Between posttrial baseline and the final follow-up visit, reported levels of risk-related behaviors changed significantly in both groups. The proportion of participants who were sexually active in the past year (adjusted for loss to follow-up) increased by eight percentage points among circumcised men and by five percentage points among others. Circumcised men became increasingly likely to report just one partner (an increase of five percentage points); uncircumcised men, to report more than one (nine percentage points). Among sexually active men, reports of alcohol use before sex declined in both groups (by 6–8 percentage points), as did reports of consistent condom use with all partners (by 6–7 points) and with nonmarital partners (by 6–14 points among those who had had such partners). Reported nonuse of condoms at last sex became more common overall (increasing by nine percentage points among circumcised men and six points among others) and by men reporting a nonmarital partner (increasing by six and 19 points). The proportion of men considering themselves likely at risk of acquiring HIV infection rose substantially (by 25–28 percentage points) in both groups.
For the most part, the magnitude of changes did not differ significantly between circumcised and uncircumcised men. However, uncircumcised men became significantly more likely than circumcised men to report multiple sex partners in the previous year and nonuse of condoms at last sex with a nonmarital partner.
Results were similar in analyses stratified by age (16–20, 21–25, 26–30, 31–35 and 36–51). Again, almost no differences were evident between circumcised and uncircumcised men in change from baseline to final follow-up. The only exception was that in the youngest age-group, uncircumcised men registered a greater decline than circumcised men in the proportion reporting condom use at last sex with a nonmarital partner.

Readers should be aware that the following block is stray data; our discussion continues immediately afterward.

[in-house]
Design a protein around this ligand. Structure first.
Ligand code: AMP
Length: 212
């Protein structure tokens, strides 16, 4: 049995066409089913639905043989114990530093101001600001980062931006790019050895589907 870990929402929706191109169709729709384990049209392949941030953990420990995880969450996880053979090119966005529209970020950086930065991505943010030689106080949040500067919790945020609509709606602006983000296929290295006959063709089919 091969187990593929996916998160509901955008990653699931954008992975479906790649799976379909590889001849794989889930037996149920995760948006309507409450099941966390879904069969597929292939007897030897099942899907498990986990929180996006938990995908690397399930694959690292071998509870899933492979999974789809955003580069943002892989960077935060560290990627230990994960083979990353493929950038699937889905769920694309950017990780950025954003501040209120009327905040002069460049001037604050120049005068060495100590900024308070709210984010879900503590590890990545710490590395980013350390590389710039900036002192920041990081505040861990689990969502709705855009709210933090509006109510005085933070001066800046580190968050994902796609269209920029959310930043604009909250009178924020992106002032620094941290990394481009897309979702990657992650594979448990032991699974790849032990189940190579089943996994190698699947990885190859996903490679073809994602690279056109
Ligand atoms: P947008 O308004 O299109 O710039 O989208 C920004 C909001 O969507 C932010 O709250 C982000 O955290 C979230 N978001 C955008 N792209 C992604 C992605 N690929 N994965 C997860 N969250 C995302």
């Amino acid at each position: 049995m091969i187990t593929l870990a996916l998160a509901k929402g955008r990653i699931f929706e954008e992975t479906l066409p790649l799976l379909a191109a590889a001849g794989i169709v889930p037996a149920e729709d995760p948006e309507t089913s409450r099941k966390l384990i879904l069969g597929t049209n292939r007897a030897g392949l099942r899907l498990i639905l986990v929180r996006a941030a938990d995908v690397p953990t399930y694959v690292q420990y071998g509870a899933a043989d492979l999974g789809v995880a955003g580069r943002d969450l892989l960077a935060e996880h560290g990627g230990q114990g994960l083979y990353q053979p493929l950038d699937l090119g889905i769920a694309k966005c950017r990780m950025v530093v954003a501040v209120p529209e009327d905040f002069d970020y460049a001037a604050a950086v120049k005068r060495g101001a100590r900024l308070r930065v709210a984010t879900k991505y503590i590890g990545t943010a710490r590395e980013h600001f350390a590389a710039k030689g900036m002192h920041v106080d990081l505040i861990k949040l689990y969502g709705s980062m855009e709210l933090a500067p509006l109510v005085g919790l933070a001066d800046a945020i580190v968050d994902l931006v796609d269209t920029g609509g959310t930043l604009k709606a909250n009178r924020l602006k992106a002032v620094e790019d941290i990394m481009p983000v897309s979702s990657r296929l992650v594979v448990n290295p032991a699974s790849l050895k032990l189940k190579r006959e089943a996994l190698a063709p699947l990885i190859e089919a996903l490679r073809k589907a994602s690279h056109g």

According to the researchers, their study suggests that male circumcision is not linked to risk compensation. They note that findings elsewhere in the literature have been mixed, but add that their study, unlike others, took place “in a posttrial setting, where the health benefits of circumcision were widely known and men voluntarily chose to accept or decline free circumcision services.” At the same time, they acknowledge a number of limitations of their study: Participants represented men who were motivated to enroll in a randomized controlled trial, and the education and counseling they received during its two years were more intensive than what would be provided in routine services; furthermore, most circumcised men in the posttrial cohort had had the procedure at least a year before the final assessment, but risk compensation may occur sooner after the operation. To further explore risk compensation among HIV-negative men who opt for circumcision, the researchers suggest that future studies “focus on the general population of men in programmatic settings and behavior changes within the short term after [the procedure].” —D. Hollander
1. Kong X et al., Assessment of changes in risk behaviors during 3 years of posttrial follow-up of male circumcision trial participants uncircumcised at trial closure in Rakai, Uganda, American Journal of Epidemiology, 2012, 176(10):875–885.